Many 35- to 44-year-olds can only just afford to pay for the “here and now” and find it hard to save anything for the longer term, a report has claimed.
A third (34%) of people in this age group describe their finances as squeezed, meaning keeping up with their bills and repayments is a constant struggle.
Another 37% struggle with their finances from time to time, according to the survey from Royal London.
And while 23% of people in this age group describe themselves as comfortable, 6% say their financial situation is simply “unmanageable”.
The report said the number of 35- to 44-year-olds who said their finances were squeezed equated to 2.4 million people UK-wide.
More than two-thirds (68%) of those in the squeezed group said that they could not afford to save more for their retirement while more than four-fifths (83%) of this group believed their finances would feel squeezed or even unmanageable in their retirement.
Nearly two-thirds (61%) of the group said it was very likely or somewhat likely they would retire later than 65, expecting to do so at an average age of 68.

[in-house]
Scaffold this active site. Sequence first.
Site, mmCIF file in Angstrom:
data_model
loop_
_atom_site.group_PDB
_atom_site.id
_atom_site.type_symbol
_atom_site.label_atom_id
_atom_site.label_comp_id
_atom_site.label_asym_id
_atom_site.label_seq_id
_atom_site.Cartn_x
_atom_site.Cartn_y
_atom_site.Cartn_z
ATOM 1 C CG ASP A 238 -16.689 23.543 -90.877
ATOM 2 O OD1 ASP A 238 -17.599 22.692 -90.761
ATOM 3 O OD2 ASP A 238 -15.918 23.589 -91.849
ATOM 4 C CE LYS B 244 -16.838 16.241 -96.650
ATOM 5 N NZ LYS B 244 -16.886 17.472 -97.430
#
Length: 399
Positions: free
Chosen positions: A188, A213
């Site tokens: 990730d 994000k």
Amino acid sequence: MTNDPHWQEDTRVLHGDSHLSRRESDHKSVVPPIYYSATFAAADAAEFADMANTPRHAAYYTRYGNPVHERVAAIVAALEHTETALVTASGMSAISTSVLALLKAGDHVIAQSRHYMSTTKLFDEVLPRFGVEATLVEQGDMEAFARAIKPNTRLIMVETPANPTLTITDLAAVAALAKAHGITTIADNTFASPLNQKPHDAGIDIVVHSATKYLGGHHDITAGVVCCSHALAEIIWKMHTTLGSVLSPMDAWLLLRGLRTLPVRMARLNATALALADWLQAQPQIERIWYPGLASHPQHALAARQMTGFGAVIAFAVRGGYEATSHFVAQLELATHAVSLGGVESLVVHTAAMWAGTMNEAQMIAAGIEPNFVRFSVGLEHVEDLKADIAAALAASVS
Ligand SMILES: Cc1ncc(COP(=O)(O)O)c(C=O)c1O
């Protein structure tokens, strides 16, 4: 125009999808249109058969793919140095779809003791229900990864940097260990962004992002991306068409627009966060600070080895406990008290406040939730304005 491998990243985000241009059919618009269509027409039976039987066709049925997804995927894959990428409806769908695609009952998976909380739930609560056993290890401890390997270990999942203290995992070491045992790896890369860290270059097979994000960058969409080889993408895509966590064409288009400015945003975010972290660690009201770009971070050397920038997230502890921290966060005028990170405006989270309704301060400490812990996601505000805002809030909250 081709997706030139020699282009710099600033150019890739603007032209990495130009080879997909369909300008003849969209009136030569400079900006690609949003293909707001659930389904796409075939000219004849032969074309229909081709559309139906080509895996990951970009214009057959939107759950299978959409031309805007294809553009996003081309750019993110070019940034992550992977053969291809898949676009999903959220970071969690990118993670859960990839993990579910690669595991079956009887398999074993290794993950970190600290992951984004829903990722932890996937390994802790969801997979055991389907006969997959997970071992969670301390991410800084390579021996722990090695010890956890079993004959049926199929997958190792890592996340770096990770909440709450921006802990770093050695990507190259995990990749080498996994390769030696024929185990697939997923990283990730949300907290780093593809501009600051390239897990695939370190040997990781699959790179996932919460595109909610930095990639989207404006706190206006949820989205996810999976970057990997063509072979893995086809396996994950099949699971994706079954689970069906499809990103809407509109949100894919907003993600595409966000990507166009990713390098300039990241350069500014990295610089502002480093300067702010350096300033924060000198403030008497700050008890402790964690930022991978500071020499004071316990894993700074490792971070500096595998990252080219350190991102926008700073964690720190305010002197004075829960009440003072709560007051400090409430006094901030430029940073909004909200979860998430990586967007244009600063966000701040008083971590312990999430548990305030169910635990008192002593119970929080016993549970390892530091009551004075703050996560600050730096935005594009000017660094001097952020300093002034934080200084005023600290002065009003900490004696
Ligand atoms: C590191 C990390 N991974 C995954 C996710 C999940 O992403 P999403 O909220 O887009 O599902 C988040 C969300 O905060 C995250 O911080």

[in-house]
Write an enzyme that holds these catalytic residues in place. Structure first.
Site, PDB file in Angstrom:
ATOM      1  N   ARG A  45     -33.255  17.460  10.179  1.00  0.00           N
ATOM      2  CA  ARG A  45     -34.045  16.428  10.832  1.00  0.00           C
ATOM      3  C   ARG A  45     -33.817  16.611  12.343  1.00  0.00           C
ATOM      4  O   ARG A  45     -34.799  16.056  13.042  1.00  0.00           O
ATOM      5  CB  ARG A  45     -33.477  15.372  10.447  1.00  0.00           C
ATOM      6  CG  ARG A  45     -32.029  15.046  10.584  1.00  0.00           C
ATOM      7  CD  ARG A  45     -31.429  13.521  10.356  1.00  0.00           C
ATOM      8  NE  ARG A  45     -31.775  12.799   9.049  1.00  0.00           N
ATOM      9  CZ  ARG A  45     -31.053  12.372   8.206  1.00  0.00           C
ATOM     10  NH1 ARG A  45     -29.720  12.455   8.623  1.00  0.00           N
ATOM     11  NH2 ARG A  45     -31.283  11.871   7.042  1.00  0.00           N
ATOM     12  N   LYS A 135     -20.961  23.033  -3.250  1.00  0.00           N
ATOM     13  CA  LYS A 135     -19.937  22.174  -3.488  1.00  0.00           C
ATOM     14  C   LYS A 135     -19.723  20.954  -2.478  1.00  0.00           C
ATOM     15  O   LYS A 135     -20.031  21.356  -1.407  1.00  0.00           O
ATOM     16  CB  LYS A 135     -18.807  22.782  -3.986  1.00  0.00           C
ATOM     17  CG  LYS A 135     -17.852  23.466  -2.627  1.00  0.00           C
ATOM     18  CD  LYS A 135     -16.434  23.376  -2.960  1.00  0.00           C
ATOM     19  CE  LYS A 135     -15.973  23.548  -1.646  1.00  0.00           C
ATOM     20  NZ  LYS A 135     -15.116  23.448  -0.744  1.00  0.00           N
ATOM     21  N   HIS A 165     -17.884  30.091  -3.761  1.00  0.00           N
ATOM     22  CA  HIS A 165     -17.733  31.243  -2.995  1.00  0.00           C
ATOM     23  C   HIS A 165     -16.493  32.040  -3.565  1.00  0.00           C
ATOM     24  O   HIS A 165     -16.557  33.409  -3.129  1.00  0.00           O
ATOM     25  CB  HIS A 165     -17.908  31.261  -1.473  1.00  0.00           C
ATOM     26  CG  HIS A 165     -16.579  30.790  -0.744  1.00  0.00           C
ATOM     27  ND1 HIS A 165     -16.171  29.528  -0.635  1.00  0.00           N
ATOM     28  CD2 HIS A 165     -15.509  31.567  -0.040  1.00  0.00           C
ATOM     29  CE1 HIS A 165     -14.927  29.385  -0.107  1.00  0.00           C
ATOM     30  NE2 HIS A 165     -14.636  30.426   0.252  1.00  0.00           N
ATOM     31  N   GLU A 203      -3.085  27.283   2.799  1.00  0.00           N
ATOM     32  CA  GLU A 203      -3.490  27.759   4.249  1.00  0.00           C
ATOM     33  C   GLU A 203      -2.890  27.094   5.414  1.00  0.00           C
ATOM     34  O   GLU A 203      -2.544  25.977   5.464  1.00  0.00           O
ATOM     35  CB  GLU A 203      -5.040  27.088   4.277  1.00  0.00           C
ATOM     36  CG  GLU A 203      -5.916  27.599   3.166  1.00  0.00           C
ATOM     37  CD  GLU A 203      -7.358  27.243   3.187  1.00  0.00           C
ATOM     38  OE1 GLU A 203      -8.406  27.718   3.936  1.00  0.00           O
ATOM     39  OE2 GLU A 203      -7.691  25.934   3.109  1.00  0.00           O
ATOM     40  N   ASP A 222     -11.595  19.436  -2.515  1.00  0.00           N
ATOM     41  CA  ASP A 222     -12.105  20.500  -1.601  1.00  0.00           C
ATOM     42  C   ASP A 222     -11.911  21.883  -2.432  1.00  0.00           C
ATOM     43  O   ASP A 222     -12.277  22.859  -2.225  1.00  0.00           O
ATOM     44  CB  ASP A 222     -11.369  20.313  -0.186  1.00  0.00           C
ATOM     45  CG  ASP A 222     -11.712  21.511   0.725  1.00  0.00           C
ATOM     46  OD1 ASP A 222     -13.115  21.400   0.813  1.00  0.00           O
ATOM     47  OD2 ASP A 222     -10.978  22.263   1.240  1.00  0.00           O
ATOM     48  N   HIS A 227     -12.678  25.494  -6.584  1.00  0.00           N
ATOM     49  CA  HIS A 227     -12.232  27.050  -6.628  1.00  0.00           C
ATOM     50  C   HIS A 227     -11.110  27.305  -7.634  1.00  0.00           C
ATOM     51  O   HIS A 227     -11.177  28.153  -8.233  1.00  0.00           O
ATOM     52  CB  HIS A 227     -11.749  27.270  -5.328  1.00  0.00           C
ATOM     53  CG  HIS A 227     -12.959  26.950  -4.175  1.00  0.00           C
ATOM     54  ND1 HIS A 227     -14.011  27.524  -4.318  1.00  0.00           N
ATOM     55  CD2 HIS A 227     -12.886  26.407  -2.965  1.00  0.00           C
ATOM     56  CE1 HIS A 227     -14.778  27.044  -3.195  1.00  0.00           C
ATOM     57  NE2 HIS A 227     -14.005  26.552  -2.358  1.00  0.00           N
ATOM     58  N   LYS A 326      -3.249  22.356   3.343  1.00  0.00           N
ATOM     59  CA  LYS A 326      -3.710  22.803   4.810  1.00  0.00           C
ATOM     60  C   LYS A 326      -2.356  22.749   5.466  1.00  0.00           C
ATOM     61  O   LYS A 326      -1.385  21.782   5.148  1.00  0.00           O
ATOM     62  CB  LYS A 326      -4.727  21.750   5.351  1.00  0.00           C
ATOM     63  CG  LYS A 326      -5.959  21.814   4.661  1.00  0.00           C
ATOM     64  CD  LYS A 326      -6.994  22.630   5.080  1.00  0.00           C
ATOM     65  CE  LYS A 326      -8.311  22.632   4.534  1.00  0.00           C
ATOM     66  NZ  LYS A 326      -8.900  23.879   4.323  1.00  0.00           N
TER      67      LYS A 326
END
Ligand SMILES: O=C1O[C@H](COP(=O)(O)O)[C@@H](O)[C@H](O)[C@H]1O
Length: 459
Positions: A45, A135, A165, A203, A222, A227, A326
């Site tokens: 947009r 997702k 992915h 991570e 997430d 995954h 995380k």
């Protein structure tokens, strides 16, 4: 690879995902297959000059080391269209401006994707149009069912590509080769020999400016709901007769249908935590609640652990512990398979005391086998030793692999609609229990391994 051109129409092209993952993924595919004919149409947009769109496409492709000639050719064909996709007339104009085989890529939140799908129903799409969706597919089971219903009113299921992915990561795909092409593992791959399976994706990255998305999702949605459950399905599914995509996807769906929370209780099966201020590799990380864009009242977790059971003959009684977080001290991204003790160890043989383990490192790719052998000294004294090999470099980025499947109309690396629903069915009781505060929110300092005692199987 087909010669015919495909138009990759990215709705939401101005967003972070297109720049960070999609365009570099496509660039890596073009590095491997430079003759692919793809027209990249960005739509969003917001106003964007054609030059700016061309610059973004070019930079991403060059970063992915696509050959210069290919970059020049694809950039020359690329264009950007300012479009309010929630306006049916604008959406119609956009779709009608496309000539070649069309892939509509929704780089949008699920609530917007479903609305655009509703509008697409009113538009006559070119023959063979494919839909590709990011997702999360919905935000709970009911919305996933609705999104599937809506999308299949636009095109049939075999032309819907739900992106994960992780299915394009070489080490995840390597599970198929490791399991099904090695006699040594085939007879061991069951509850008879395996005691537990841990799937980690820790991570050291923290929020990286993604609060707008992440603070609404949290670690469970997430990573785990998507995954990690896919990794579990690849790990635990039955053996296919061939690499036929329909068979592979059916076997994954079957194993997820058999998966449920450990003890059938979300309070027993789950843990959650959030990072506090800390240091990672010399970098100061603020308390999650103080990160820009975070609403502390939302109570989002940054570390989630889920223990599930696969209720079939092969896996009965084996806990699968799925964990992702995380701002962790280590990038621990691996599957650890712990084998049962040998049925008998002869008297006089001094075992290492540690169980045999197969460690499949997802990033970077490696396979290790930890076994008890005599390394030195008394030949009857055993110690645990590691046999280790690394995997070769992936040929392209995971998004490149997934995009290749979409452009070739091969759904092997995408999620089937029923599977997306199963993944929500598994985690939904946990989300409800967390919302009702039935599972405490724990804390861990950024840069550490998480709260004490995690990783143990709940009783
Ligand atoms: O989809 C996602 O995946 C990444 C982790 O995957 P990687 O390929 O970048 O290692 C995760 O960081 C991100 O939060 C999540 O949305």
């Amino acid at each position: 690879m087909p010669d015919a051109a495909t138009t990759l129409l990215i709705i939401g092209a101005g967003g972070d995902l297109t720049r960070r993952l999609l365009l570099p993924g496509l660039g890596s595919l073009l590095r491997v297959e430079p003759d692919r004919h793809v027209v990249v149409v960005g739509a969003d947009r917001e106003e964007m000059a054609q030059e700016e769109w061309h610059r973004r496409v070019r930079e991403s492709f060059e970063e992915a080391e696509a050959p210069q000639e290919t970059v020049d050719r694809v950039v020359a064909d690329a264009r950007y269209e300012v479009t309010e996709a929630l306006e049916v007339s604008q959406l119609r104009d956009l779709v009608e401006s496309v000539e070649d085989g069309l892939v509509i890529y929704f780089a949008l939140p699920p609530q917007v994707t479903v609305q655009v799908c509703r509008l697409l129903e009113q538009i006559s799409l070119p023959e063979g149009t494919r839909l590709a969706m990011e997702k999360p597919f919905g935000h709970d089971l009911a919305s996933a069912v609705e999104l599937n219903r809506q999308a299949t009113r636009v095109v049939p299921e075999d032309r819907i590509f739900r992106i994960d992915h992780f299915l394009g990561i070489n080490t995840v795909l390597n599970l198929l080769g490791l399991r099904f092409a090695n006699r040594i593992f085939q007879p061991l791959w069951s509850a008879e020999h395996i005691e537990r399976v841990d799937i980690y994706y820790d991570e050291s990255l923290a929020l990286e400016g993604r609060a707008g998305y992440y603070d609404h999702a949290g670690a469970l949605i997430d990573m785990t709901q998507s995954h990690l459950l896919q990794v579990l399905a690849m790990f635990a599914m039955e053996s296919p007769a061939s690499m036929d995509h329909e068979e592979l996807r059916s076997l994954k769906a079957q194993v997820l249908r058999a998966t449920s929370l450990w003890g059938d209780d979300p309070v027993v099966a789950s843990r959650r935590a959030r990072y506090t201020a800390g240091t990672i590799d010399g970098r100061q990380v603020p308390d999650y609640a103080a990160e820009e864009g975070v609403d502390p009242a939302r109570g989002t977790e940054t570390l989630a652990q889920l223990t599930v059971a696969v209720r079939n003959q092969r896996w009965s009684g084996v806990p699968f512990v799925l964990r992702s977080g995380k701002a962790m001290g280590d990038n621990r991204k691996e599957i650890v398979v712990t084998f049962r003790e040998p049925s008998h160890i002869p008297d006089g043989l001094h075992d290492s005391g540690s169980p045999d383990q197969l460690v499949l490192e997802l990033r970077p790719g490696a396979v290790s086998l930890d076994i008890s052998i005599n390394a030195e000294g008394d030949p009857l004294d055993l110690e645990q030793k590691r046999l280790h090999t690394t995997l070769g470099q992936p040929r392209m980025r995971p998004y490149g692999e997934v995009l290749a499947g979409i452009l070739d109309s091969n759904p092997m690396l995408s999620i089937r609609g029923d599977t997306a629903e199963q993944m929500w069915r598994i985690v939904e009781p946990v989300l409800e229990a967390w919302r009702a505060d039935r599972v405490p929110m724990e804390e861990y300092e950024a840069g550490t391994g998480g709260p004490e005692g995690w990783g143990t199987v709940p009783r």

The analysis of more than 2,400 35- to 44-year-olds found there was some hope that those who were struggling to keep up with everyday costs might be able to put more cash aside for their retirement in the coming years.
It could come from a pay rise, clearing debts and putting some more money towards retirement instead, and paying less in childcare costs as children grow up.
On average, those in the squeezed group aim to pay off their mortgage five years before they retire, which could also provide an opportunity to put more money into savings.